For our January issue, we talk with author Donna Barbra Higuera about her recent book, Lupe Wong Won’t Dance. In this interview, we learn about using personality types as a way to understand our characters.

Writing Challenge

This month, we’ll get to know what scares our characters…

Take something in your story that’s scary, whether it’s a villain or a different kind of antagonist, and figure out what that character is scared of. That will make that other thing even scarier, because even your villain is scared of it!

An Interview with Donna Barba Higuera

What inspired you to write Lupe Wong Won’t Dance?

I always thought I was a fantasy/sci-fi writer and that was it. I never thought I would write a contemporary book. And Lupe Wong Won’t Dance was just a book that I had to write. My daughter came home from middle school one day and was upset about having to square dance, and this character Lupe just popped into my mind. Sometimes your books start out with a character, maybe not an actual plot of the book. Maybe you know the character, maybe it’s the other way around. One thing that’s really important [for me] is character. I have a hard time starting a book until I know who the main character is and who their friends are and who their family is. And that’s really important. But sometimes we think we write in one specific genre, and sometimes we find out later–wow!–I think I want to write this as well.

You had many different personalities in your cast of middle school characters in this book. Did you use a technique in creating them? Or did they just come to you?

They came to me first. But once they did, I shifted them around a little bit. I specifically had to eliminate certain personality types because the scenes in the book fell flat–there wasn’t enough conflict in certain scenes. I did some personality typing with these characters, which is fun to do. There are all these personality tests you can look up, including one called the Enneagram. In the Enneagram, one personality type is a peacemaker, one a giver, one is an artist, one an achiever. You find the personalities that you can put together that would make an amazing scene or an amazing book.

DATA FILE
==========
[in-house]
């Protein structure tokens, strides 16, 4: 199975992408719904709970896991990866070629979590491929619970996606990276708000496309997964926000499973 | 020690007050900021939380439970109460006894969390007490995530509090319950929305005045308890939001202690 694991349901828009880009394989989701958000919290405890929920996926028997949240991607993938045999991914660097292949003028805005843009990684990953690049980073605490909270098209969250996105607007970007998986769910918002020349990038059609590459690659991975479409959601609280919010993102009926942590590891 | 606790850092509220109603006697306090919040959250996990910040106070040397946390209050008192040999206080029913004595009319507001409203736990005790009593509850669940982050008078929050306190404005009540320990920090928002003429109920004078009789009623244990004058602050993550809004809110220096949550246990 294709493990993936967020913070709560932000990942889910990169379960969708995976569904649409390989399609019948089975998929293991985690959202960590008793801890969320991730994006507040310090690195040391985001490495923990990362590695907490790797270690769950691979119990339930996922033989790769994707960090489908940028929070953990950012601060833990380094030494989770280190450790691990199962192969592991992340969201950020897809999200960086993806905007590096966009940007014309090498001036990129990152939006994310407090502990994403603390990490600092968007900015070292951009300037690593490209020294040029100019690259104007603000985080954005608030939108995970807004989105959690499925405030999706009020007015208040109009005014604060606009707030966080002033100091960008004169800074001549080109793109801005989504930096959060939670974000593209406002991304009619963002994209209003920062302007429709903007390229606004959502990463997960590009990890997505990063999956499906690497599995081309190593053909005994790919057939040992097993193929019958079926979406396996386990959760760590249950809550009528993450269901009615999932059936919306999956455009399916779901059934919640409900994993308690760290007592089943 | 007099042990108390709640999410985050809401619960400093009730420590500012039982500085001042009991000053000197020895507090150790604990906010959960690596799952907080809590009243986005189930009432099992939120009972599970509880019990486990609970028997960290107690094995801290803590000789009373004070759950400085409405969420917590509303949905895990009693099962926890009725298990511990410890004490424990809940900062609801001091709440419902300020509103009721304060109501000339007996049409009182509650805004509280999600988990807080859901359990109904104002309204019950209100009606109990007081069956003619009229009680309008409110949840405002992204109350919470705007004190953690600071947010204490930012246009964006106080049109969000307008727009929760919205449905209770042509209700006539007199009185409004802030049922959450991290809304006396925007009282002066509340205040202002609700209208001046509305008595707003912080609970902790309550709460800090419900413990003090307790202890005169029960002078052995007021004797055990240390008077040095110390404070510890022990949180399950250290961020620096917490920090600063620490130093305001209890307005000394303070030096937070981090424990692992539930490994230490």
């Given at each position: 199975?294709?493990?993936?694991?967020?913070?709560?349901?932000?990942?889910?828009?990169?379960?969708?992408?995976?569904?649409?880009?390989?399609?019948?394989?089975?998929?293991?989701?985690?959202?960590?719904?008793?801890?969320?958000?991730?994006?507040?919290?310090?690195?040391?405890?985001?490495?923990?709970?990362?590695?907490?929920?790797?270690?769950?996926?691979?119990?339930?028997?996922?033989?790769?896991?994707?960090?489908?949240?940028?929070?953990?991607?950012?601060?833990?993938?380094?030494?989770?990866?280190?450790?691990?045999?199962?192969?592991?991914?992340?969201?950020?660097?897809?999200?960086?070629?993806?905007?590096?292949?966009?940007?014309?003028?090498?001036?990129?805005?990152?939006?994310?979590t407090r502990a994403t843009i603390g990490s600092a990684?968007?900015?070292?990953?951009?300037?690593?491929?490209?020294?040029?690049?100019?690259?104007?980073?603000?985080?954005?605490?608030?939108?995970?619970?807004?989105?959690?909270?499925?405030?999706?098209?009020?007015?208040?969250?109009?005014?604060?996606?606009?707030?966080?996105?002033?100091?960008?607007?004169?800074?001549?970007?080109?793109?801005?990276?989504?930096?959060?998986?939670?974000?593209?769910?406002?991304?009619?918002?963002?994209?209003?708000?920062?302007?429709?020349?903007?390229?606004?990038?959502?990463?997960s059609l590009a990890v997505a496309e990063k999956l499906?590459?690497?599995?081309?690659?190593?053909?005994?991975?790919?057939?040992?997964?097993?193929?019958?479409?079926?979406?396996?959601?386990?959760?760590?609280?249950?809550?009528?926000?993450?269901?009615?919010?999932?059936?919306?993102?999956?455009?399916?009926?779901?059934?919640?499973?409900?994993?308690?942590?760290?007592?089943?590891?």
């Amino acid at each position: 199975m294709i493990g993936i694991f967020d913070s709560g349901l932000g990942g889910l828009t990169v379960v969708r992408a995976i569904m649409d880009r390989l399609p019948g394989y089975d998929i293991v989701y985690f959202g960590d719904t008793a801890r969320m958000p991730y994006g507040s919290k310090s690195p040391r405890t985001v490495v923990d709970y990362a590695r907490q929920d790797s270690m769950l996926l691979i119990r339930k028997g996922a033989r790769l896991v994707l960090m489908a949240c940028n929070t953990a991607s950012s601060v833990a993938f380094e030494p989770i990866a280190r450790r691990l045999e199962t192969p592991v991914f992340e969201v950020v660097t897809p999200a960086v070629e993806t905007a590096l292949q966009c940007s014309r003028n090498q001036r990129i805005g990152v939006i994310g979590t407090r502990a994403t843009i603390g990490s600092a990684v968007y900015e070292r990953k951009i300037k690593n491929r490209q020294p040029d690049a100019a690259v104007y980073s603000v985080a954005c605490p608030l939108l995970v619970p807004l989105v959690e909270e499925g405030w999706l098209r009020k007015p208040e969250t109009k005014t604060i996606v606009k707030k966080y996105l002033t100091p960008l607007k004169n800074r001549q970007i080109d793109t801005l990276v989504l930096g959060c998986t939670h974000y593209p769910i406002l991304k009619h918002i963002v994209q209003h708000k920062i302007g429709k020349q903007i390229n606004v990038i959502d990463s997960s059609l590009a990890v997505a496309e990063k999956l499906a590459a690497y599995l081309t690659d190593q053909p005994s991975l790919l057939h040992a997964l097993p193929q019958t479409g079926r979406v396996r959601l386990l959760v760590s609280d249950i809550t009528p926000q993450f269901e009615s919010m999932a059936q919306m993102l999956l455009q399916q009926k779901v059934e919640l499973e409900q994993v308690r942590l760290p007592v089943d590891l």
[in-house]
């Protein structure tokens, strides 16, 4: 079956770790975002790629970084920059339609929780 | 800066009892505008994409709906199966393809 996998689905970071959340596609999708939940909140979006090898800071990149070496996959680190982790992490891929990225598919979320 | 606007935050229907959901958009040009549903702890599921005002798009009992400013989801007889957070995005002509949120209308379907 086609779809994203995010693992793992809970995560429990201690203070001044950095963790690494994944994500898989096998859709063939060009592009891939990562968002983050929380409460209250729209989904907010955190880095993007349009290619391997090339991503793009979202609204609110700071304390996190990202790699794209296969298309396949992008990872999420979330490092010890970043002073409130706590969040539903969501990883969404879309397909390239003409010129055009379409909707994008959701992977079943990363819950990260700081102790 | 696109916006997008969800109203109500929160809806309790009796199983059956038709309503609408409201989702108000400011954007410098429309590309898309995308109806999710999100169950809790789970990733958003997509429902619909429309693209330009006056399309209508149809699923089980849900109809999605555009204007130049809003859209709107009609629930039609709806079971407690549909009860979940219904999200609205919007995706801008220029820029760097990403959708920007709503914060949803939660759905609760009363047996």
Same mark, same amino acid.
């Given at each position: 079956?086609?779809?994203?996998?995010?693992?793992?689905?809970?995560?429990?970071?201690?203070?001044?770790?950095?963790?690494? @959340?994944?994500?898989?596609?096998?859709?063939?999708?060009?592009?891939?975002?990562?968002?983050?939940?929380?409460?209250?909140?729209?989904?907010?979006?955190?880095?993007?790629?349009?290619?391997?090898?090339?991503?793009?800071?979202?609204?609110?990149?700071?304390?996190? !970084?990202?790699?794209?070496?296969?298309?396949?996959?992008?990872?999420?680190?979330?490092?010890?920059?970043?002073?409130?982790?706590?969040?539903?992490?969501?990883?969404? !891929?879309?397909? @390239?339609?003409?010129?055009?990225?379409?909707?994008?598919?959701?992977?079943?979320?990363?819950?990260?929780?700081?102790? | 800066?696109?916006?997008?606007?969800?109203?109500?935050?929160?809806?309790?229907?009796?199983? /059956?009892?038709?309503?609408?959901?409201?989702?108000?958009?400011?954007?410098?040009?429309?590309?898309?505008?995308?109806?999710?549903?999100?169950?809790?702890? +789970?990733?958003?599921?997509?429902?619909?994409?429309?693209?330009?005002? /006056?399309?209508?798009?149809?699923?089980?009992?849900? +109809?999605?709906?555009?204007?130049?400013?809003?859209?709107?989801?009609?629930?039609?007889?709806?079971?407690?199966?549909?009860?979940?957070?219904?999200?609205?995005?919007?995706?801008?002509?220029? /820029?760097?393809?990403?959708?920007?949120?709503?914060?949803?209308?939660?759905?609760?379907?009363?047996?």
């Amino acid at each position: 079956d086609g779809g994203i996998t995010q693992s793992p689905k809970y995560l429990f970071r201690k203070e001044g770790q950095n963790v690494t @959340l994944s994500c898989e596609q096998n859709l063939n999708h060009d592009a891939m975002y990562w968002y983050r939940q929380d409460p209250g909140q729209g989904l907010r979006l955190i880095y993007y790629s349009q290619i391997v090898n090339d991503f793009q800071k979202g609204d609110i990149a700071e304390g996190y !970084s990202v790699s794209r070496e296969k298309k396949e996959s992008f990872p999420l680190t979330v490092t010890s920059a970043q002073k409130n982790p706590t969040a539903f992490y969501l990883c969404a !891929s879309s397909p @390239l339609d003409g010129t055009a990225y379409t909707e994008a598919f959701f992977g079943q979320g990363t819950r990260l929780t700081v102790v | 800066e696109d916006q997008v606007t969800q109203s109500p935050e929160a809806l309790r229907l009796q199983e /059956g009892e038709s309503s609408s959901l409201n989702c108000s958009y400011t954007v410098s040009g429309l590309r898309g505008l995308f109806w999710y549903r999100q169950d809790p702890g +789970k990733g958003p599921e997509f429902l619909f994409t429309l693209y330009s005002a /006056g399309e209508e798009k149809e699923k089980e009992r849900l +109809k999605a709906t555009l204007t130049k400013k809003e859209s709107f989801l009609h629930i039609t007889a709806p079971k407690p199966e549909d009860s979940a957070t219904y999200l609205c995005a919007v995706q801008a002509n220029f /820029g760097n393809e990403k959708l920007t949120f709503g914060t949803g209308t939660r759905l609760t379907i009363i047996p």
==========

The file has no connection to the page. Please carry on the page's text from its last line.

How do you keep up your writing momentum?

I hear this all the time–and I think it can be really frustrating to writers–to just go put your behind in a seat and write. That’s not great advice. Writing is hard. And sometimes you don’t want to just go sit down and do it. If you’re sitting there and you can’t focus and you don’t know what to do, how are you supposed to write? Sometimes you have to take a detour and do a little weaving in and out to get going again and get your momentum going. And so for me, it’s with writing exercises. A lot of times people don’t like writing exercises because they think it’s more work, but when you start doing it, it’s so much more fun. And then, all of a sudden, the ideas start flowing again. For me, those writing exercises come in all different forms. You may do an exercise around the question, “what do my characters want?” And then in the process, you realize, “Oh, these two people want very different things.” Guess what I’m going to do? I’m going to put them together in a chapter and see what happens. Conflict is what drives books and new scenes and that’s where everything explodes and gets fun.

What would you tell your younger writing self?

Write more! I got distracted by things. I didn’t have the distractions of today, like computers and cell phones and video games. But I would find mundane things to occupy my time. My stories were in my mind… I wish I had spent more time with those stories in my mind. My biggest regret is not writing those down. Keep a notebook–it can be old and raggedy, but keep it with you at all times. If you don’t write it down, you’ll forget it. I also didn’t spend enough time just daydreaming and allowing myself to have that kind of fun.


Join us for Summer Camp!

We’re inviting passionate young writers to join us on Zoom for writerly summer camp experiences. Each camp will include skill-building activities, time for drafting, and collaboration with peers.

A special thanks to Donna Barba Higuera for sharing with us! You can find more of her books at www.dbhiguera.com.

Donna grew up in central California surrounded by agricultural and oil fields. As a child, rather than dealing with the regular dust devils, she preferred spending recess squirreled away in the janitor’s closet with a good book. Her favorite hobbies were calling dial-a-story over and over again, and sneaking into a restricted cemetery to weave her own spooky tales using the crumbling headstones as inspiration. ​​

Donna’s Middle Grade and Picture Books are about kids who find themselves in odd or scary situations.​ From language to cultural differences in being biracial life can become…complicated. So like Donna, characters tackle more than just the bizarre things that happen to them in their lives.

Donna likes to write about all things funny, but also sad, and creepy, and magical. If you like those things, she hopes you will read her books!

Donna lives in Washington State with her family, three dogs and two frogs.